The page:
The Veikk VK1200 is a 11.6-inch pen display for digital artists that supports pressure and tilt sensitivity. With this release (late 2020), Veikk now has a line up of small (VK1200), medium (VK1560 Pro) and large (VK2200) pen displays.
The unit I have is a review unit provided by Veikk.
These are the items included in the box.
- Quick start guide
- Artist glove
- Cleaning cloth
- 2x pen and case
- Pen stand
- Many replacement nibs
- USB data cable
- Micro HDMI to HDMI cable
This is the 2-to-1 USB cable. One end has two USB type A ports (go to computer) and the other end has USB type C that goes to the pen display.
The red USB connector is for additional power source to the pen display.
The cable's connectors are designed specifically to the pen display's ports. So in even that the cable becomes faulty, a replacement cable has to be purchased from Veikk unless it's within the 1 year warranty period. The cable looks thick and durable though.
Lots of replacement pen nibs are provided.
The pen case included is the thick felt-like material.
The pen is well made, has good build quality, weight. It does not require charging because there's no battery in it.
The pen supports tilt sensitivity and up to 8192 levels of pressure.
The grip section is matte and nice to hold. There are two side buttons there.
The pen stand only allows the pen to stand vertically.
Replacement nibs can be stored inside the pen stand.
On the back of the pen stand is the nib remover.
Build quality of the Veikk VK1200 pen display is excellent. It has a nice weight to it, heavier than I expected which gives it a slightly more premium feel. The unit feels dense.
There are six physical shortcut buttons which are customisable. These buttons are firm and have fantastic feedback when pressed.
Corners of the pen display are rounded off nicely. If you look closely, you can see the matte screen protector applied onto the display.
On the back are four rubber feet to prevent the pen display from sliding on table.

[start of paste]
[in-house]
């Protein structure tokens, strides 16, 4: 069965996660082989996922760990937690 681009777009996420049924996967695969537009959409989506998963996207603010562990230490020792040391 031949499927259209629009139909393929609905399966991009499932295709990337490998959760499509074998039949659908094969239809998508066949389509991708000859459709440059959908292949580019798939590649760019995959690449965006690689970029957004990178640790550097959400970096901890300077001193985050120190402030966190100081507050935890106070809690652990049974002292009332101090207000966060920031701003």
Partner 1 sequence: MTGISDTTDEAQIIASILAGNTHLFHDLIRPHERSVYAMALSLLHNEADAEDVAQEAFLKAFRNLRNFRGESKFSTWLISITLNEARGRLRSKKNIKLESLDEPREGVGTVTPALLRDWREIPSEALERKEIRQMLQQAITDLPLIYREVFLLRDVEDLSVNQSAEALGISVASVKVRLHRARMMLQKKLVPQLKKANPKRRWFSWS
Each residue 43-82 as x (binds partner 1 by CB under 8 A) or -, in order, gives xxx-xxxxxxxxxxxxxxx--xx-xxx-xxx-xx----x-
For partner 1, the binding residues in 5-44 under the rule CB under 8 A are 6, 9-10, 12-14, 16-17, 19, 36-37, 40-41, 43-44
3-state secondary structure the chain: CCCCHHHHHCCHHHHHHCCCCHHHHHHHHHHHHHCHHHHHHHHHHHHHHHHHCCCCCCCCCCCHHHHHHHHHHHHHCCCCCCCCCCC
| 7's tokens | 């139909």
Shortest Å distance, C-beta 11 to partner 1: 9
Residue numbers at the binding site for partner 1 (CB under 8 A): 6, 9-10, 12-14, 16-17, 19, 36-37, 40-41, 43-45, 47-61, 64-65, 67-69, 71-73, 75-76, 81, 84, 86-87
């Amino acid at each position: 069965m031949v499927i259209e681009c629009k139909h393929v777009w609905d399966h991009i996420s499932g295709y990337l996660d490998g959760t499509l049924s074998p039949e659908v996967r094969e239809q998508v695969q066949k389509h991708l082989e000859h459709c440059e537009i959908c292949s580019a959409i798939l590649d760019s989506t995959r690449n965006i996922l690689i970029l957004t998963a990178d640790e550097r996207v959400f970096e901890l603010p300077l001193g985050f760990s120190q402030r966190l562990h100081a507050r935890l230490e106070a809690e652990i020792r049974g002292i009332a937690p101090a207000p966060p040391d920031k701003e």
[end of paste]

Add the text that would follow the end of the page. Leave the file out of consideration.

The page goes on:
The back material is made with some metal alloy. Finishing is matte and feels great to touch.
From left to right: power button, brightness control, port for micro HDMI, port for USB-C.
This is an 11-6-inch IPS panel with 1920 x 1080 resolution.
Colours and contrast of the pen display looks great out of the box.
The pen display does not have OSD menu. With the Windows driver, you can adjust the colour temperature, RGB, brightness and contrast.
To adjust the colour settings on a Mac, you have to go into System Preferences -> Display and choose to calibrate.
This will perform basic colour calibration for the pen display. This is not meant to match the colours of this pen display to another monitor.
Limitation here is you can adjust the brightness but not the contrast because the pen display doesn't have adjustments for contrast. Thankfully, the Veikk VK1200's contrast is good to begin with.
On MacOS you can also adjust the colour temperature.
I measured support for 99% sRGB, 77% NTSC, 76% AdobeRGB and 71% P3. Colour accuracy is reasonably good.
Maximum brightness was measured at 201 nits, sufficient for bright indoor use.
Viewing angles on this IPS panel are great. Colours don't shift much when you view the display from the side.
Only issue is the anti-glare can create white haze when reflecting light. It's not a big issue. I work with the pen display with huge windows on my side and the white haze is minimal, and the display is bright enough for the colours to shine through.
The visual quality of the display is very good.
Even thought the display is laminated, there's still a tiny gap between the pen tip and the screen. From normal sitting position, that gap should not be noticeable.
There is slight misalignment when the cursor is at the extreme left and right edge of the display. Photo shown above is my right-handed usage.
So when you want to click on things on the extreme edge, you have to do so slower so that your cursor can click on the correct thing. It's a minor issue as I'm still able to click on what I want, just that I have to be more careful at the edges.
I've seen the misalignment issue on big and small pen displays so it's not specific to Veikk.
The matte surface is really nice to draw on. It does affect image quality slight, all matte screen protectors do, but it provides a nice tactile experience when drawing.
There's no touch gesture support since this is not a touchscreen. The 11.6-inch size is quite similar to some iPads and Android tablet so I find myself doing some finger gestures unconsciously.
I highly recommend getting some sort of laptop or tablet stand to elevate the pen display for a better drawing experience. Laying the pen display on the table and hunching over to draw is not good for posture. It's not enough to get a stand that can be deployed at different angles. Get one where you can actually adjust the height. The stand shown in the photo is called NexStand K2 that I bought on Lazada Singapore.